Blog - Tristan Chai - Athlete Screening


Preseason screening to guide athlete care and performance.

Written by: Tristan Chai, Head of Medical Adelaide 36ers

It’s always an exciting time when players arrive for the season ahead.

They descend on Adelaide from interstate and overseas.

Some return after taking a much-needed break, but more often than not they’re returning after playing in various off-season leagues and we have just two months to get them ready for the rigours of an NBL season.

The players who’ve returned from other basketball duties are by-and-large ready to start training from a fitness perspective but may be carrying underlying injuries.

One of the key roles of the Medical and Performance department at the Adelaide 36ers is to screen players on their arrival.

 The concept of screening is simple. Contrary to the ‘injury prediction’ unicorn that will tempt us to use (probably) too many tests and put an unrealistic expectation on what the results mean, pre-season screening is a series of tests that will indicate any deficits and direct us towards any further testing that needs to be done.

 The concept of a screen is not to be diagnostic, but to be sensitive enough to flag anything that needs a more detailed look.


This is a process that gets refined each year.

During my time at the 36ers, we’ve mostly simplified the process each year. We’re constantly streamlining it for efficiencies and updating tests and protocols based on the most recent evidence and discussions with other physios and performance staff across the globe. Having said that, there is a fairly traditional mix of screening tests that are carried out across the basketball population.

Our screen can be separated into four categories:


Medical: The medical screening is carried out by our Sports Doctor and nurse. It will generally entail basic blood tests, ECG and concussion baseline testing. It also takes into account the players medical and injury history which may indicate the need for specific further investigations (MRI etc) to ensure that we have the best understanding of a player’s physical and medical state. Our key goal here is to ensure the player is safe to train and play.


Physio: Physio screening carried out by me and our physio team. We look at anthropometrics (wing span, height, leg length, standing reach); mobility (predominantly ankle and hip range of movement), and control/dynamic stability (Y-balance test and various hop tests). Our key goal here is to ensure there are no biomechanical or control deficits that suggest we should hold them back from more intense training with respect to injury risk.

Strength: Strength testing is carried out by both physio and S&C coaches. Screening will involve isometric strength testing (using the VALD ForceDecks, Nord Bord, ForceFrame we are able to assess CMJ, Hop, IMTP, eccentric hamstring strength and hip ABD:ADD ratios) and key lifts (push, pull and posterior chain). Our main goal is to search for any key area where S&C coaches should focus to help improve each player’s physical function on the court.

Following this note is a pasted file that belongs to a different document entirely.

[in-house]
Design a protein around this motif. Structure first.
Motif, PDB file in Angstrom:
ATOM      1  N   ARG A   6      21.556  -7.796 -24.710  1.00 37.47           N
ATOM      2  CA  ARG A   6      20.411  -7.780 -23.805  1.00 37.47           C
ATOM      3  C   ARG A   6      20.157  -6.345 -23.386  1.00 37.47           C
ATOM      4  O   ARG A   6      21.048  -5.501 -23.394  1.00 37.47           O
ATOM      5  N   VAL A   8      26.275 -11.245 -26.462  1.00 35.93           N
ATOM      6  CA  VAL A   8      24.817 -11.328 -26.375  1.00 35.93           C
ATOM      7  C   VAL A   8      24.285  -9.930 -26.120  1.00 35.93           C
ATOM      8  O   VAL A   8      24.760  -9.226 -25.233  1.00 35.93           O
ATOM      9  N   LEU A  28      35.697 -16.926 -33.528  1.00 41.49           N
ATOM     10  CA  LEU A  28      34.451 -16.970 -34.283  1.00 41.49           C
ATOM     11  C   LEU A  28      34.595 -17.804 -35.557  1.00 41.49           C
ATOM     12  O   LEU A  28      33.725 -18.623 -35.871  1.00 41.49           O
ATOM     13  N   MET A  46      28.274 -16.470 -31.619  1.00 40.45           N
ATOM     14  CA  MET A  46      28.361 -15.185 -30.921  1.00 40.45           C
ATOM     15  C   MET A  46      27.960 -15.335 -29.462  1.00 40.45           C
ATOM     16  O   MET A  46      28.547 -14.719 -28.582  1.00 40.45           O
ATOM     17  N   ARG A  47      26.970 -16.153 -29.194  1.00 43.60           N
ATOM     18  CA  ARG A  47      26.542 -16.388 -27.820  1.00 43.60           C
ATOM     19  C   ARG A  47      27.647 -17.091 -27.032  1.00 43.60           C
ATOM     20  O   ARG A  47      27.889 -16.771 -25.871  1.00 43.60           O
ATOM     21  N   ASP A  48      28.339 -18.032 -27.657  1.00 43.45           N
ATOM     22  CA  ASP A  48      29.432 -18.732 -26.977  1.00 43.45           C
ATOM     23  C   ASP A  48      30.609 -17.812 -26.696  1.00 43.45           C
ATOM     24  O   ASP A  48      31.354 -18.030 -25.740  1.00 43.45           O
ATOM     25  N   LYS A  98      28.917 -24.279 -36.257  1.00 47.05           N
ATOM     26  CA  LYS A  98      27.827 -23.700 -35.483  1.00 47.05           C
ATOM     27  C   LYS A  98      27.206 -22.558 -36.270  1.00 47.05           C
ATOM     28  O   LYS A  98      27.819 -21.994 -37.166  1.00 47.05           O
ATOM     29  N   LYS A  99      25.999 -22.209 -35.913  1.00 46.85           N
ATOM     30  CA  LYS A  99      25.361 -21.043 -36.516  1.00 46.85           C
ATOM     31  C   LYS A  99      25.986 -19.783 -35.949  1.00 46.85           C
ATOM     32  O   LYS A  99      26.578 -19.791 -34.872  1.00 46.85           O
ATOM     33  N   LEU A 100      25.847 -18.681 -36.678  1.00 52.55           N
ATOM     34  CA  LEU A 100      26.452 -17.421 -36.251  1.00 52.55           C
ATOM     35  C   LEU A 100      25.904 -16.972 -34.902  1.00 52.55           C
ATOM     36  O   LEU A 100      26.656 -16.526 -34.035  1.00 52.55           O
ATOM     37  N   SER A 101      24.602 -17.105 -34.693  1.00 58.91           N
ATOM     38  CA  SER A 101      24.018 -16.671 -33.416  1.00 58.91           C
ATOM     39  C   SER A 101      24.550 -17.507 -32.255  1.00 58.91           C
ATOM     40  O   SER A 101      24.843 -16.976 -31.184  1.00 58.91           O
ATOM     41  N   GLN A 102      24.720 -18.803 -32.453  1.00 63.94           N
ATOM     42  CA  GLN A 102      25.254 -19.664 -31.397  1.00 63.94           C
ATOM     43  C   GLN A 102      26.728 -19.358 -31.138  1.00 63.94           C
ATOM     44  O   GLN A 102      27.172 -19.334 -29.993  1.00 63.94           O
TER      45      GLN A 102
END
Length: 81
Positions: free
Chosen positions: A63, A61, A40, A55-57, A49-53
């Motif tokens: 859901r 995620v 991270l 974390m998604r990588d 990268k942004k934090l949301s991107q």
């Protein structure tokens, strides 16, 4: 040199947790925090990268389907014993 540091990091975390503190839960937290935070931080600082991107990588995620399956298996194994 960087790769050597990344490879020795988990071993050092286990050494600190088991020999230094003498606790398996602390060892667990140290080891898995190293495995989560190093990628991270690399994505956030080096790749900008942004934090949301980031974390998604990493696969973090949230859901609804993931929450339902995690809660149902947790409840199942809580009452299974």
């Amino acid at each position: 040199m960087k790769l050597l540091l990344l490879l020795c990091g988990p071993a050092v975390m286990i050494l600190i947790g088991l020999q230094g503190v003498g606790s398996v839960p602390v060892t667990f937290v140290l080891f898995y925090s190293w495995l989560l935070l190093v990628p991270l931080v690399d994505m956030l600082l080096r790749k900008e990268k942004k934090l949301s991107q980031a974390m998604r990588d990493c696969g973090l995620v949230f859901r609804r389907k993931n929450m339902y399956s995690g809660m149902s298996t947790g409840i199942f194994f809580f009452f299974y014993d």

Performance: Again, this is carried out by physio and S&C staff. We typically evaluate a 20-metre sprint, NBA Lane Agility (using the Vald Smartaspeed timing gates) and a YoYo test variation. Our aim is to test their engine and how well they move on the court.


Our screening process generally takes two-days, at the end of which we will have data points that we can use to rank players against each other, themselves and normative data from the NBA. Barring any flags, players will then be cleared to commence basketball training.


After we’ve completed testing, we take a deeper dive into the data and add any relevant external test results into the Arc AMS by Lumin Sports. We also Arc to track athlete wellness through the season. Arc allows us to identify any trends across the group that will aid with keeping strength and conditioning programs specific, and finding individual ‘weak points’ that can be addressed either clinically or incorporated into their individual session prep.


Establishing and storing screening data allows us to create an Individual Athlete Profile, which we can cross-check regularly throughout the season to track any changes (for better or worse) and adjust their programs on the fly. We also lean heavily on these metrics to assess their rehab progressions, and essentially their readiness for return to play, should they suffer from injuries.

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